Both the National Foundation for Infectious Diseases and the American Academy of Pediatrics have a wealth of resources to aid in improving HPV vaccination rates. These include clinical resources, printable documents for patient education, videos, and webinars. Below is an overview of the resources provided by each organization.
The AAP’s HPV Champion Toolkit has resources to help you:
- Educate other healthcare professionals
- Discuss HPV vaccination with parents
- Make necessary changes in your practice to improve HPV vaccination rates.
The site includes a collection of printable resources for clinicians, caregivers, and preteens/teens. Materials for caregivers are available in multiple languages. It also contains a plan for implementing a change in your office related to the HPV vaccine. The plan uses the Plan, DO, Study, Act (PDSA) improvement cycle, and provides resources for introducing standing orders, giving strong recommendations, using reminder recall systems, and more. In addition, there are teaching tools including a communication simulation app and slide decks to be used in grand rounds or resident training.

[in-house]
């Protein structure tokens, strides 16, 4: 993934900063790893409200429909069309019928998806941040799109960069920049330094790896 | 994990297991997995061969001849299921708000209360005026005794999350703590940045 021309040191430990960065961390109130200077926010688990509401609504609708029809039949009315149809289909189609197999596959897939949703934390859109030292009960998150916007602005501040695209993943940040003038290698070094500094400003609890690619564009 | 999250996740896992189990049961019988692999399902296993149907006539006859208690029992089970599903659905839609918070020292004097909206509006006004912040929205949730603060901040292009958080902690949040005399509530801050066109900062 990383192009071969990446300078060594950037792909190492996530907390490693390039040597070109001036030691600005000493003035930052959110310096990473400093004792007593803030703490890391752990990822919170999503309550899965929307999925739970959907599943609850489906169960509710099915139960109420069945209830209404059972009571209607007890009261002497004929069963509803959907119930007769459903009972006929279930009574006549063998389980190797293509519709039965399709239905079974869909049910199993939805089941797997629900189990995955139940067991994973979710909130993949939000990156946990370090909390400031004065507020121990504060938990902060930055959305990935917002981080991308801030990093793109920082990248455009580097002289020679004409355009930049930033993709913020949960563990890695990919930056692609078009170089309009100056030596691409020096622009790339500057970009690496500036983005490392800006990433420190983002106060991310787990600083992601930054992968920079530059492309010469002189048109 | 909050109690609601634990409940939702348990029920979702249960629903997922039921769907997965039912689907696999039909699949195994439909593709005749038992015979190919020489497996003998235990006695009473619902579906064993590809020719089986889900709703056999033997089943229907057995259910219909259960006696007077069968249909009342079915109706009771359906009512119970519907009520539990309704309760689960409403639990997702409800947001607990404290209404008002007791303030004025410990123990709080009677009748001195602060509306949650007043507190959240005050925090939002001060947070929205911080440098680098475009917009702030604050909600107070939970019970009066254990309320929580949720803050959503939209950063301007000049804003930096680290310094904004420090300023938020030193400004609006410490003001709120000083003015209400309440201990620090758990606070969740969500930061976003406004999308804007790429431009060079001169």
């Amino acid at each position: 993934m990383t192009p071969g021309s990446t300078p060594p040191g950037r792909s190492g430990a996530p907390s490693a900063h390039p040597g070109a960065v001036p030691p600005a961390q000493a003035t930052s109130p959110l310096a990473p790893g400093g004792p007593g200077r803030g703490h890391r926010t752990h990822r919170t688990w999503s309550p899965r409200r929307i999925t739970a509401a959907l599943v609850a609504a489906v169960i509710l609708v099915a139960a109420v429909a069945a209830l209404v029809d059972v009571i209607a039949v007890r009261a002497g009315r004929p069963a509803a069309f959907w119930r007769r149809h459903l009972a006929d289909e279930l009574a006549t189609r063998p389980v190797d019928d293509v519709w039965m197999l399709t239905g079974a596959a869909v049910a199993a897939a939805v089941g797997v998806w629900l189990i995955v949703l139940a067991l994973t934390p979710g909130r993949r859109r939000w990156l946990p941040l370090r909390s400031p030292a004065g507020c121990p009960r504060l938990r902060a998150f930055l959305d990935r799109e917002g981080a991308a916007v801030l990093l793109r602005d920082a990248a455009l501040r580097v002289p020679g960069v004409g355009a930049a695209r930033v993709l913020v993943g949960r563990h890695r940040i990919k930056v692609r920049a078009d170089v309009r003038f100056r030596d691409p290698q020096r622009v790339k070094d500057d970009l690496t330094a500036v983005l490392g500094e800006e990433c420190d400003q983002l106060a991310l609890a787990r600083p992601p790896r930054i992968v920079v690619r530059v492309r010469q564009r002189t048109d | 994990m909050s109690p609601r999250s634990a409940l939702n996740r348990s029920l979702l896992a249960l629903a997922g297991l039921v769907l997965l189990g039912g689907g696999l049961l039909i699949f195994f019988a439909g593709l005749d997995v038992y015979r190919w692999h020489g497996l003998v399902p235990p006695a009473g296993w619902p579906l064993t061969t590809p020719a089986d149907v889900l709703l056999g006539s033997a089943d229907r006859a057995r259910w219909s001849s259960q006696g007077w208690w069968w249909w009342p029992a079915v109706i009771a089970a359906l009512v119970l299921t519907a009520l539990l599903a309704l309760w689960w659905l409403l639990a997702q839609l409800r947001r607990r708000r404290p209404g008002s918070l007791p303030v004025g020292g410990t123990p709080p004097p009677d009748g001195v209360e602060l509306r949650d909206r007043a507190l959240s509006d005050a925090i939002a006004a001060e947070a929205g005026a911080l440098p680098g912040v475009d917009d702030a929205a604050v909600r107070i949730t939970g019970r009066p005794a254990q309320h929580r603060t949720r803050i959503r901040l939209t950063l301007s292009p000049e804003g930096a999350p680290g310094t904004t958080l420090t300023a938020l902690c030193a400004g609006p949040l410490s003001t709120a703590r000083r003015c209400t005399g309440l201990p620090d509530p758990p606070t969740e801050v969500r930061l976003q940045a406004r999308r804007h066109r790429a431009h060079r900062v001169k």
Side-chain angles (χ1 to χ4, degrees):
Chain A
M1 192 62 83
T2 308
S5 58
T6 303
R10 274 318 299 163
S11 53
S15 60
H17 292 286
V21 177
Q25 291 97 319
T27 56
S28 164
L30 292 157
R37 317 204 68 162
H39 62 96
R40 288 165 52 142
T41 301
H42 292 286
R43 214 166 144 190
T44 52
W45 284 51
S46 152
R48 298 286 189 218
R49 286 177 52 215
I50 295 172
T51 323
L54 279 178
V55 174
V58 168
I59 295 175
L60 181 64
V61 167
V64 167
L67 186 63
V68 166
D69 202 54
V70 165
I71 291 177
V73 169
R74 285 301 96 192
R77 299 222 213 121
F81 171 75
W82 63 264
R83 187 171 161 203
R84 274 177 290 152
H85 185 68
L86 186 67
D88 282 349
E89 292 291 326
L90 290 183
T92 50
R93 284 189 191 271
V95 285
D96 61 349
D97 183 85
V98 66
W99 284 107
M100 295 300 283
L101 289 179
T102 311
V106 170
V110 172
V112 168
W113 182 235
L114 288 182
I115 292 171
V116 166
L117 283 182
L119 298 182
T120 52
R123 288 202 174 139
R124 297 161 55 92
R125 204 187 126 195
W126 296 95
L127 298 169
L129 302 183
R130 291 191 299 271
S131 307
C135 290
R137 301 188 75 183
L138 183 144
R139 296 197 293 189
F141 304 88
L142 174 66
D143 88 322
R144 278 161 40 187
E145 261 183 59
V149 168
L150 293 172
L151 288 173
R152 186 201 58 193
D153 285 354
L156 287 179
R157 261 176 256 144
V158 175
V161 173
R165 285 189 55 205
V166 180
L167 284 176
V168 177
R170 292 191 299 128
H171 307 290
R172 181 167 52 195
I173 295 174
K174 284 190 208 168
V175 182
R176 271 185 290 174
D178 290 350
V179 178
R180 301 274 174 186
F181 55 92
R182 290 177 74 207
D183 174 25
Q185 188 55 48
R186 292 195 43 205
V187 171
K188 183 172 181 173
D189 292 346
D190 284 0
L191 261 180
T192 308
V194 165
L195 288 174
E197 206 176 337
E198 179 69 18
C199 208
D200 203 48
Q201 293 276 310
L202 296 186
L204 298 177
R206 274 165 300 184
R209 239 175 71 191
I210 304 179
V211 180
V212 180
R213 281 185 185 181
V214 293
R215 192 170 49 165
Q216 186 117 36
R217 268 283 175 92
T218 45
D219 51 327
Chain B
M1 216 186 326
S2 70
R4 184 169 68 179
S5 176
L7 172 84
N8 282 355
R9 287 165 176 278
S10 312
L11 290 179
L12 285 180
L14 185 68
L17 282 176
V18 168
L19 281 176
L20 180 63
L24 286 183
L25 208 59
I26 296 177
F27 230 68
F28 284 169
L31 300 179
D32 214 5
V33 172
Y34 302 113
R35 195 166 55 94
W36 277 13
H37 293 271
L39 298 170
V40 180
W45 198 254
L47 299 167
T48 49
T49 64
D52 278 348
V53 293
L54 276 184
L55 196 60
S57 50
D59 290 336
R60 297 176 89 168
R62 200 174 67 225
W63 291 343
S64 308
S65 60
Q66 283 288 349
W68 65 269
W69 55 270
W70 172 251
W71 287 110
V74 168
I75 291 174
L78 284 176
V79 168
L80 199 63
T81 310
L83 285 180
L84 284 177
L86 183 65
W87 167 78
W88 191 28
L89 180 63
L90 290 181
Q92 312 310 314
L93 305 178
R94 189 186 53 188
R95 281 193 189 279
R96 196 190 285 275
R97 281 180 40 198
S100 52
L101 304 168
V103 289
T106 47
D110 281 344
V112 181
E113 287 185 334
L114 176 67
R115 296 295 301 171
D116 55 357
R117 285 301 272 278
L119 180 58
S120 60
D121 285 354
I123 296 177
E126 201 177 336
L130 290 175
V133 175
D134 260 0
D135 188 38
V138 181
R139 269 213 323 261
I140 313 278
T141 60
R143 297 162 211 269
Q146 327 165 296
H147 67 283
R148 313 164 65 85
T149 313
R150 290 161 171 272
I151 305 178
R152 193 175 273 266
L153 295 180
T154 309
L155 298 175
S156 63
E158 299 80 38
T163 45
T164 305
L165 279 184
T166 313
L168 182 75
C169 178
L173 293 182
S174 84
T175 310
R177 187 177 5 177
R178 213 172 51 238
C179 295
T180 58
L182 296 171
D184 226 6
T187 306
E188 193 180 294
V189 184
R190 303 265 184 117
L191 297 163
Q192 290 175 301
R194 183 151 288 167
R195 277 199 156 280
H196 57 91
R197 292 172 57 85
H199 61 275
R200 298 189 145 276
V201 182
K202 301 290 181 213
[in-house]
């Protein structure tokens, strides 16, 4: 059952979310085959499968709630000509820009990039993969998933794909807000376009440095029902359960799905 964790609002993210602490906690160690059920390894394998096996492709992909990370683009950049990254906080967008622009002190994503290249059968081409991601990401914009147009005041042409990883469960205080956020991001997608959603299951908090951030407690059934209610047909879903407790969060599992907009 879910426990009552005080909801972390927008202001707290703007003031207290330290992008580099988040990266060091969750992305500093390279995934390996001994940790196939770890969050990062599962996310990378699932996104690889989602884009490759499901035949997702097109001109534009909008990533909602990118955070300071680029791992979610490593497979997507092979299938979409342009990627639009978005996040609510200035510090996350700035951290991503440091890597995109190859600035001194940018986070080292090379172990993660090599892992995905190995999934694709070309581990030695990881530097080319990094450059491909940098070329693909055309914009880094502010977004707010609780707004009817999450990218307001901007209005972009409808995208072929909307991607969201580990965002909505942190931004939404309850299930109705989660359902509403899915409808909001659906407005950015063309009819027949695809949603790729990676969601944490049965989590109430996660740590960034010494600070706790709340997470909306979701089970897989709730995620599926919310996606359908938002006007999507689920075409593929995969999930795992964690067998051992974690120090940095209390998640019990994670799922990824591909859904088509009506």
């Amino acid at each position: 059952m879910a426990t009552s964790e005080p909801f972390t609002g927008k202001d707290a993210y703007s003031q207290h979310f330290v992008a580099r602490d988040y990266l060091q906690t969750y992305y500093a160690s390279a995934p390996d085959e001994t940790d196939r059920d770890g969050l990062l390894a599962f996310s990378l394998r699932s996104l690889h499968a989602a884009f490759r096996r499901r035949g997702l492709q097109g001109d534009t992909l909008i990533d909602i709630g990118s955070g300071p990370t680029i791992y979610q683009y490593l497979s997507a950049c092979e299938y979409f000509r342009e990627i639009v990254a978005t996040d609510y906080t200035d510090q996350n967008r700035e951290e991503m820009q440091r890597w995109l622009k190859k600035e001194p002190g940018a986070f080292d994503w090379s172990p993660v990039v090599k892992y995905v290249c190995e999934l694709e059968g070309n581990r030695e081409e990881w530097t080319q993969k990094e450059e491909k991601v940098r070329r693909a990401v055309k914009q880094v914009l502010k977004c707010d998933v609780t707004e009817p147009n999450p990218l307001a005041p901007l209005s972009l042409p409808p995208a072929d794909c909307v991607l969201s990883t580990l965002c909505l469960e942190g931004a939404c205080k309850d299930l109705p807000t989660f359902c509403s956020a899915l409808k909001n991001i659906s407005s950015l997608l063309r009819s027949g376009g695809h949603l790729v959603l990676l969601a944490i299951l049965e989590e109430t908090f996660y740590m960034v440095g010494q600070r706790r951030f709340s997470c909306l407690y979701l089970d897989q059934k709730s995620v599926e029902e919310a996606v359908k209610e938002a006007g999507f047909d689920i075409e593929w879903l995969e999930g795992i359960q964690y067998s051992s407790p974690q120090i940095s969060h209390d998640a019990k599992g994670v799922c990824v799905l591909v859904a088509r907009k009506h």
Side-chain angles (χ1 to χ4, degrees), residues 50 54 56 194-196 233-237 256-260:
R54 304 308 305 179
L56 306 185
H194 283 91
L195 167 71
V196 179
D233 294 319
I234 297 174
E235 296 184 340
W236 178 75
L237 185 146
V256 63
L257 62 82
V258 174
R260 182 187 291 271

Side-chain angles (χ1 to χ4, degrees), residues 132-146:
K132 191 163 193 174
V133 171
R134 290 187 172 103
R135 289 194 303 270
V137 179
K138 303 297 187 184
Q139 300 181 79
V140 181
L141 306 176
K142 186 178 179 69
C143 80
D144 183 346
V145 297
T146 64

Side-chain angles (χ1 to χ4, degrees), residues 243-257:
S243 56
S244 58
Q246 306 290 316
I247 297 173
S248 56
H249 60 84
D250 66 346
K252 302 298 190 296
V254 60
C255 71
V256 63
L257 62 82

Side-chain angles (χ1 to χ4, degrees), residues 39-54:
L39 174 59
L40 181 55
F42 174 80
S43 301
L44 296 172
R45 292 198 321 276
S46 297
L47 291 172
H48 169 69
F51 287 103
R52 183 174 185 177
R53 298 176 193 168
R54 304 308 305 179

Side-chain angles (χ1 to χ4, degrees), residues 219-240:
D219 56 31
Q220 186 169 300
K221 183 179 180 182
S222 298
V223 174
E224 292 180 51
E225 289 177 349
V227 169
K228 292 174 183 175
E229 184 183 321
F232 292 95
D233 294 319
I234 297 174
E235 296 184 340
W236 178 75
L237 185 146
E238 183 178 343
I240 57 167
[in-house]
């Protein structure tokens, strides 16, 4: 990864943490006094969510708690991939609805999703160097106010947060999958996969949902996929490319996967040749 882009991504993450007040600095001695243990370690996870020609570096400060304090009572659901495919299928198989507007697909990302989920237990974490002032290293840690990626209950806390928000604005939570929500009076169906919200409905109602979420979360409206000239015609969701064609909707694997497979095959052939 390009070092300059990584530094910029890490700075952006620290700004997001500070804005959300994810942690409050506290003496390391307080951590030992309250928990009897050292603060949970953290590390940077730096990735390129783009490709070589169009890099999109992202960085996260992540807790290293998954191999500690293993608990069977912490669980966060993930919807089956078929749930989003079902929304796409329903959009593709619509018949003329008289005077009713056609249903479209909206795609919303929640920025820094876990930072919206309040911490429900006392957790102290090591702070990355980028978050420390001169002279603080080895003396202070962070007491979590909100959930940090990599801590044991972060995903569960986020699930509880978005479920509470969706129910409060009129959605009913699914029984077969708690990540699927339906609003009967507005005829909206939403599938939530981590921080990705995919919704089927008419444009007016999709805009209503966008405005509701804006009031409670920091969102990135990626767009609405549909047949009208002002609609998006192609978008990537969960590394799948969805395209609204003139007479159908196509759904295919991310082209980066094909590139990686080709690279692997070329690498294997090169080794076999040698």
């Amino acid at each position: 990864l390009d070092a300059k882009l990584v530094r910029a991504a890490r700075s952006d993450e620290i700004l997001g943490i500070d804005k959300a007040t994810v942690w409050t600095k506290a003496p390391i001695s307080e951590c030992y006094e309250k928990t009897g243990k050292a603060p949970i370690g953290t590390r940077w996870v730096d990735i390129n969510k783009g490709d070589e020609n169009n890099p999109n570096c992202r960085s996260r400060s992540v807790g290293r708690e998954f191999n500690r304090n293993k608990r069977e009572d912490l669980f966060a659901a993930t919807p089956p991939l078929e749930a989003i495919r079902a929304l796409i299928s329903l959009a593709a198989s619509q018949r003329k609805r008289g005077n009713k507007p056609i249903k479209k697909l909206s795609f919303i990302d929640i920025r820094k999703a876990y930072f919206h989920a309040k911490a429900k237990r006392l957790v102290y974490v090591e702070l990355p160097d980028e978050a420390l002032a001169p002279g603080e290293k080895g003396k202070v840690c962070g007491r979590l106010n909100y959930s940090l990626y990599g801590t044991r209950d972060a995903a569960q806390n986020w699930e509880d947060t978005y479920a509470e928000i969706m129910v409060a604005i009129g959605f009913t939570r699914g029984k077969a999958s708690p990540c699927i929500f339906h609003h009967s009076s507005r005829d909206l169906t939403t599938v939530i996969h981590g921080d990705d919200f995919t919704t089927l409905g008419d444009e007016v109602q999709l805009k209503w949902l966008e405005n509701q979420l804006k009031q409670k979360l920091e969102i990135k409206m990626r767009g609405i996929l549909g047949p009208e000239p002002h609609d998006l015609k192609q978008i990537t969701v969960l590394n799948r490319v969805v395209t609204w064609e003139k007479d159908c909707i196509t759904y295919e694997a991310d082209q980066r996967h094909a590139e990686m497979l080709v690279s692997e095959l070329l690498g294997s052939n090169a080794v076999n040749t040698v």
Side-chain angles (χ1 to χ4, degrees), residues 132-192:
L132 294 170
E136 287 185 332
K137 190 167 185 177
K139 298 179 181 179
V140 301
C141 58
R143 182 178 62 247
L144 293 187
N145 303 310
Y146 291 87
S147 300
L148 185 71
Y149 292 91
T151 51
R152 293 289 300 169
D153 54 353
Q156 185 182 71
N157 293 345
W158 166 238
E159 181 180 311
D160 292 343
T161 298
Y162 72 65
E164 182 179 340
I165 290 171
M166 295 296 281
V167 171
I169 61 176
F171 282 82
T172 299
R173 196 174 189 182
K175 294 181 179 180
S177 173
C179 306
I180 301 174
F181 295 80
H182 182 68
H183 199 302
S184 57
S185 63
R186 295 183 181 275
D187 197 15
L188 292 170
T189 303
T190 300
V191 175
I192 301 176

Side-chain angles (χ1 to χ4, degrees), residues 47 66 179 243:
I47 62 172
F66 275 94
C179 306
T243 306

The NFID’s Best Practices to Increase HPV Immunization Rates contains resources to increase HPV vaccination rates and educational tools to share with patients. Resources include a Call to Action published by the NFID and links to the Association of Immunization Managers conference calls discussing increasing vaccination rates. In addition, there are links to standing orders for both adults and children and teens, articles and videos, and infographics. Finally, the NFID houses a collection of information titled Communication on HPV Vaccination. These resources include a guide to addressing parents’ questions, various fact sheets, and public service announcements.
Both organizations provide useful information to increase HPV vaccination rates in your practice. If you are working on improving HPV rates, why not take a look at CPP’s Second Dose Program where you can earn a grant for raising rates on the second dose administration of several vaccine series.